“The kingdom of God is near. Repent and believe the good news.” (Mk 1:15)
“The secret of the kingdom of God has been given to you. But to those on the outside everything is said in parables so that they may be ever hearing but never understanding.” (Mk 4:11-12)
“…the kingdom is spread out on the earth and people don’t see it” (Thomas 113:1-4)
“Seek first the kingdom of God and God’s justice and then all these things shall be added unto you.” (Mt 6:33)
Doesn’t that sound like a TAZ?
Christian interpretations of the kingdom
Here are some very diverse views of what that “kingdom” means today.
“Jesus’s alternative social vision. It is a counterworld of unfailing justice, full inclusion, authentic freedom, incredible love, astounding forgiveness, sheer grace and unending peace.” (R.N.Sanders)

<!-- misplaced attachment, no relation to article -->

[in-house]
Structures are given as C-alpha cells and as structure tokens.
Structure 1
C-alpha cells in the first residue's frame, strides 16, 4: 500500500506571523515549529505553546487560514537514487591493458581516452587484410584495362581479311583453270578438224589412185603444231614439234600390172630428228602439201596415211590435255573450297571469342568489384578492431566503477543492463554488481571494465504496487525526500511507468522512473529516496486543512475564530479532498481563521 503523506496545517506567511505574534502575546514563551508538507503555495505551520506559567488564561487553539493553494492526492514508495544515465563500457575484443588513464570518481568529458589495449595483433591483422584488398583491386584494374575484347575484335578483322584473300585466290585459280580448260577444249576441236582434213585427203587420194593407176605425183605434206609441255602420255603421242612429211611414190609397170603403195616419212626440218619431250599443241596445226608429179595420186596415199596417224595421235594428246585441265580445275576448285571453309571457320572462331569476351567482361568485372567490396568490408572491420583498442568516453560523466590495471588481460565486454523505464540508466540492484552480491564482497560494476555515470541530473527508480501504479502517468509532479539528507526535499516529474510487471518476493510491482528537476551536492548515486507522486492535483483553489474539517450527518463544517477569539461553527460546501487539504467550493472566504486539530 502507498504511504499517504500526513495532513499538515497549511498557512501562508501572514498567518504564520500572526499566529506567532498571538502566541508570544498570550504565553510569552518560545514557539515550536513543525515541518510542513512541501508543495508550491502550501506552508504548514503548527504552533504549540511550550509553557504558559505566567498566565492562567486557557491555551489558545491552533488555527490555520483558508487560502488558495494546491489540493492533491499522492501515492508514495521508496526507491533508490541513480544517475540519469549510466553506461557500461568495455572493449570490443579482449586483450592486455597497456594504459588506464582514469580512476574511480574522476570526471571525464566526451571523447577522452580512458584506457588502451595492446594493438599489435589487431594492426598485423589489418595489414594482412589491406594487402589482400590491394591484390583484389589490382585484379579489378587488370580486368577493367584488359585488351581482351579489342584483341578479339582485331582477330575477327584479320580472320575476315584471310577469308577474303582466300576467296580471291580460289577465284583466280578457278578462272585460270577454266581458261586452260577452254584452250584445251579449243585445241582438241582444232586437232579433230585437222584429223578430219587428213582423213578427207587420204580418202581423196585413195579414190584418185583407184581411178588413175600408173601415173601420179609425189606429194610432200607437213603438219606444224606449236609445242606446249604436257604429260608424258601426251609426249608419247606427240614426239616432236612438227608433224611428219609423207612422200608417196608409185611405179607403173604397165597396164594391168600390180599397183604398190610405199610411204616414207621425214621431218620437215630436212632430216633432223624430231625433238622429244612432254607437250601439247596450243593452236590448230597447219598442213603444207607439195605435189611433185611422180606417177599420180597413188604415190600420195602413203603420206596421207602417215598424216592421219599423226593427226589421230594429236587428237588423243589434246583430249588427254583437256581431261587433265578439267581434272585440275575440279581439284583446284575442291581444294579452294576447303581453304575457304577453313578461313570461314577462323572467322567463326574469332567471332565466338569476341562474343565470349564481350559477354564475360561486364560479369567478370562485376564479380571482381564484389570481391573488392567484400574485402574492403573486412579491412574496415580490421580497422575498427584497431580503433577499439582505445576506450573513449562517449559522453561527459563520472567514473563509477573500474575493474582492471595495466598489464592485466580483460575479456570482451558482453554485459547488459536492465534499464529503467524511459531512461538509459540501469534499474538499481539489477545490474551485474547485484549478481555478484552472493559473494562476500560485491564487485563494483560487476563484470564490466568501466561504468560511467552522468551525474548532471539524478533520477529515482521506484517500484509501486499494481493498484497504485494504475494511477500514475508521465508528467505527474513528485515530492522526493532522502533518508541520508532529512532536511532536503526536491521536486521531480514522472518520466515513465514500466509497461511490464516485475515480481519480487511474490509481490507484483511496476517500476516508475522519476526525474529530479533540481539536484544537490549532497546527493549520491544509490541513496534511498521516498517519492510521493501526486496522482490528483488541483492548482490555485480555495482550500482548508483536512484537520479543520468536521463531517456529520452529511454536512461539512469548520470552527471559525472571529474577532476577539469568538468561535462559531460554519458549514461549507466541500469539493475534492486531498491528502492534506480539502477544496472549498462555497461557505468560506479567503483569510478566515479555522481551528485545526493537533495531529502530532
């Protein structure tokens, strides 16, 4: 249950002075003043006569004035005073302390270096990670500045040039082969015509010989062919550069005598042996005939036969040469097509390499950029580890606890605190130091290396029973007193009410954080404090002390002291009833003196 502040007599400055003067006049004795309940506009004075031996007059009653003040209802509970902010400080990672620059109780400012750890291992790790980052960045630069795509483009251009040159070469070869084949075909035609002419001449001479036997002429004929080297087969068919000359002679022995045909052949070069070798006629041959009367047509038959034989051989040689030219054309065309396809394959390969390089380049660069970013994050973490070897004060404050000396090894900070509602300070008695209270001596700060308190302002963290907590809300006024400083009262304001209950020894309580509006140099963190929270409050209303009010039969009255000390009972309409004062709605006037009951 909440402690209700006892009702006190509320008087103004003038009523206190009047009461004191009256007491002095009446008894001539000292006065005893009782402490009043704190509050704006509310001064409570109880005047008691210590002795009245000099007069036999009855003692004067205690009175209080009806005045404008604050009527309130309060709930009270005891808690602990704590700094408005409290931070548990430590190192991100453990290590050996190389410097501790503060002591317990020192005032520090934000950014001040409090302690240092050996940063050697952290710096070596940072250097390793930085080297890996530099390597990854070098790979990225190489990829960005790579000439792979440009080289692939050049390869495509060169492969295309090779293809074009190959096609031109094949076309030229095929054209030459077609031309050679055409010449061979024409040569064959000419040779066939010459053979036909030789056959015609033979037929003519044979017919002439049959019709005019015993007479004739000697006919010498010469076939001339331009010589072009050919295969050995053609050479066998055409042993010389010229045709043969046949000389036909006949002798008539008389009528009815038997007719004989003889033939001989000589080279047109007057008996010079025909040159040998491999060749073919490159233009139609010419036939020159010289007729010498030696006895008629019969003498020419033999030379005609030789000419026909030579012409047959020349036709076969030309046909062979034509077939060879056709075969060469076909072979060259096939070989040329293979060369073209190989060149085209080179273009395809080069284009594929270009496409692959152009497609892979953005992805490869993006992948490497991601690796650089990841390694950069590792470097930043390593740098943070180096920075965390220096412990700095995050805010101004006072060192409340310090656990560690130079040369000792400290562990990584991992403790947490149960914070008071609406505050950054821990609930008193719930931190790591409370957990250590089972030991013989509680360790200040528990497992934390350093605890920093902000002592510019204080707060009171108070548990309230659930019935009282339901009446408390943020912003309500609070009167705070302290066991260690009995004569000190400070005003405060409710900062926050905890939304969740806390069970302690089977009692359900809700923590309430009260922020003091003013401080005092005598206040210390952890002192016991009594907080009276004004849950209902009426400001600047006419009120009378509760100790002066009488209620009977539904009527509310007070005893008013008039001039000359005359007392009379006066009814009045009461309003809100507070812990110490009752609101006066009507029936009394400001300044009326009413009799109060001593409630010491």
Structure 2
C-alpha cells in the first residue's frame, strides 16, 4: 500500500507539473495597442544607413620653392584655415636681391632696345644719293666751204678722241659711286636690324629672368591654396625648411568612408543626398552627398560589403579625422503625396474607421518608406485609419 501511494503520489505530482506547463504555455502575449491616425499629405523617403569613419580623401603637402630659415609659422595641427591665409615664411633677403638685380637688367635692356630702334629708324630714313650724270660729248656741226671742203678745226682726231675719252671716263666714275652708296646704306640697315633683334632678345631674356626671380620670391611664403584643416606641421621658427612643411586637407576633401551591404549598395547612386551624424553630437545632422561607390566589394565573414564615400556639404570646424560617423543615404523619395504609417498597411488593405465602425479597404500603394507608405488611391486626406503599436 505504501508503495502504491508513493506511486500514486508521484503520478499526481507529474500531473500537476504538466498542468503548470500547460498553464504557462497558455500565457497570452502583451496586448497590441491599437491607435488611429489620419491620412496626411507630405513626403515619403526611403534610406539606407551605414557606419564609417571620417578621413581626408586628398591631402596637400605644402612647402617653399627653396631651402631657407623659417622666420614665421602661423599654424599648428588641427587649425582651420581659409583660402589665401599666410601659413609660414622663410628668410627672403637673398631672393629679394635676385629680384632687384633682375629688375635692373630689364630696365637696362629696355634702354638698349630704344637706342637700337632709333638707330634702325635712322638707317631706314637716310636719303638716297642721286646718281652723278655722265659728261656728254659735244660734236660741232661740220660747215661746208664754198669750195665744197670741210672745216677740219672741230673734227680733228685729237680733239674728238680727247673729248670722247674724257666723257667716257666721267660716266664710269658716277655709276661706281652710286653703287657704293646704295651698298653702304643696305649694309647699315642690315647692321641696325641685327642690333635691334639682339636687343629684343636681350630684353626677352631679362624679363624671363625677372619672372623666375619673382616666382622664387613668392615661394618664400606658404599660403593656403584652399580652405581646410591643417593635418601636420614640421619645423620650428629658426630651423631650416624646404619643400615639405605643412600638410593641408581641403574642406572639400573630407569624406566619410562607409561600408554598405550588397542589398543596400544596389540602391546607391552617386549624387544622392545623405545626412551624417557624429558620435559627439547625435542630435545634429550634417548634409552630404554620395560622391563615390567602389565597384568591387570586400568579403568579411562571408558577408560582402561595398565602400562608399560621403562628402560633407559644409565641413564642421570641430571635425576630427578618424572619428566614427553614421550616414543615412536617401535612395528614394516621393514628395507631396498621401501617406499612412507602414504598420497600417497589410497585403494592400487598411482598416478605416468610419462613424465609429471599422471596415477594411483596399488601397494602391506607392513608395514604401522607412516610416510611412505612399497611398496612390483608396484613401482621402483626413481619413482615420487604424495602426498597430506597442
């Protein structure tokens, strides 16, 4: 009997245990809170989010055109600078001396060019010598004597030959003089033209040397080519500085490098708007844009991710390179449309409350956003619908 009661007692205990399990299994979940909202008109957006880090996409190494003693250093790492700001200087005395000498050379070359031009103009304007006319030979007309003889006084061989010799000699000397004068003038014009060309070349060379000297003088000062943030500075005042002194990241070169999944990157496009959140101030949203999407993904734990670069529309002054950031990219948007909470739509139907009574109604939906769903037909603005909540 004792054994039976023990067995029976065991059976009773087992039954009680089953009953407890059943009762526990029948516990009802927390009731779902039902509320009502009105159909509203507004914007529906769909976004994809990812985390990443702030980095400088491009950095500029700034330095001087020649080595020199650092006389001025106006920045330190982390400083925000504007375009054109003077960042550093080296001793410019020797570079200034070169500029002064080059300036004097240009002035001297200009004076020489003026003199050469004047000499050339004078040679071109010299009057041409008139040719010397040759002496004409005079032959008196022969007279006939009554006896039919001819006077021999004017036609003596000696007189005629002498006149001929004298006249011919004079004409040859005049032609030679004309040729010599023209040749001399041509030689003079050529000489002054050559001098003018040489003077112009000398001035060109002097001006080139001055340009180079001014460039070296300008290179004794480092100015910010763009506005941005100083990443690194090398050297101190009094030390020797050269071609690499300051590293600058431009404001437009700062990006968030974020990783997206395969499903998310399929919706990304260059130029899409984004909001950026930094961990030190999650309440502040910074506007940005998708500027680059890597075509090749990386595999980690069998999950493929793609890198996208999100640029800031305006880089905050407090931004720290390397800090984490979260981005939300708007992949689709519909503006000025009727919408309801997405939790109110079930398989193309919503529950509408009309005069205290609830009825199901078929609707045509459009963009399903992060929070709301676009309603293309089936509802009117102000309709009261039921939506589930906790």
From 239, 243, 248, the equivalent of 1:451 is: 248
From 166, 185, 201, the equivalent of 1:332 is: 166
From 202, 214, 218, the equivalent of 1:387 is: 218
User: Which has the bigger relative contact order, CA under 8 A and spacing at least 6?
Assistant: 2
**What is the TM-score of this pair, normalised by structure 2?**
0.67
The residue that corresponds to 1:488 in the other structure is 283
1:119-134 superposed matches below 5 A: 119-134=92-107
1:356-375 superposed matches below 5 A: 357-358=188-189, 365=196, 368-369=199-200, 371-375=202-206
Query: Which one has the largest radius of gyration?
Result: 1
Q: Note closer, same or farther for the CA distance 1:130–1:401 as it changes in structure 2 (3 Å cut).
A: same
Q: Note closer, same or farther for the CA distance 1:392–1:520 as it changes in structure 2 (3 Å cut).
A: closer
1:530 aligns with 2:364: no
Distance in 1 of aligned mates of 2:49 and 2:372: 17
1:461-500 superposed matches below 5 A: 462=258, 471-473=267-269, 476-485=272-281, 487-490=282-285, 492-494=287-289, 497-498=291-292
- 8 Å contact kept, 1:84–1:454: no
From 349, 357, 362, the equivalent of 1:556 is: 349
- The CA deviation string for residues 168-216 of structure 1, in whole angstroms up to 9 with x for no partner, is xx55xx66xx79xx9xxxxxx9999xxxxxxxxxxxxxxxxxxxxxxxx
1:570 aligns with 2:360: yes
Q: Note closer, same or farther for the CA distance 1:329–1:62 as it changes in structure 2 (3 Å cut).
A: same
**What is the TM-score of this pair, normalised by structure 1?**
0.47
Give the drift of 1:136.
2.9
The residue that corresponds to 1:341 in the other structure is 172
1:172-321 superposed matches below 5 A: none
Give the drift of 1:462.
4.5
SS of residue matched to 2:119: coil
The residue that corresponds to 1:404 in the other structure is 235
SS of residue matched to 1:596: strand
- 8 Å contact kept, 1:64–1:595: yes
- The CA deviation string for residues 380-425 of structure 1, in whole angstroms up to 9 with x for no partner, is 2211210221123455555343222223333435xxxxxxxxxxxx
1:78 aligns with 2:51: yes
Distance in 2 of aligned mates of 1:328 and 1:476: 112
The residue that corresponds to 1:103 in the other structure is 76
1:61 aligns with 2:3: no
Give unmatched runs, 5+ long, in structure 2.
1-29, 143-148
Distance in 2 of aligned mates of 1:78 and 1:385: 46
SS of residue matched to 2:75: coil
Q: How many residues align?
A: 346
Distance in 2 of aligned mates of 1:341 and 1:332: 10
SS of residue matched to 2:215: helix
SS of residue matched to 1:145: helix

Richard Horsley says “The kingdom would also require egalitarian, nonexploitative, and nonauthoritarian social relations”: ‘How hard it will be for those who have riches to enter the kingdom of God.’ (Mk 10:23).
The “Zingcreed Manifesto” (iii) written by me when I started my blog includes the following lines:-
Line 3 “We believe his (i.e. Jesus’) teachings are still relevant today and that when we apply them in our daily lives we bring the ‘Kingdom of God ‘ into being, however fleetingly;”
Line 4 “We believe this ‘Kingdom of God’ on earth is open to all, whether believers or not, and that it may resemble a utopian democratic republic where no-one has power over anyone else.”
“In ecumenical circles the concept of the kingdom of God, although undefined, played a major role in several contexts. Generalizing, one can say that the notion of the kingdom as an ideal society, characterized by equality, justice and freedom has gradually been accepted. Socio-ethical implications and conclusions critical of church structure and its life and worship are often drawn.”(“Dictionary of the ecumenical movement” WCC Geneva (2002) p.644)
“Human beings are liberated to participate actively in establishing at least signs of the kingdom.” (WCC 1980)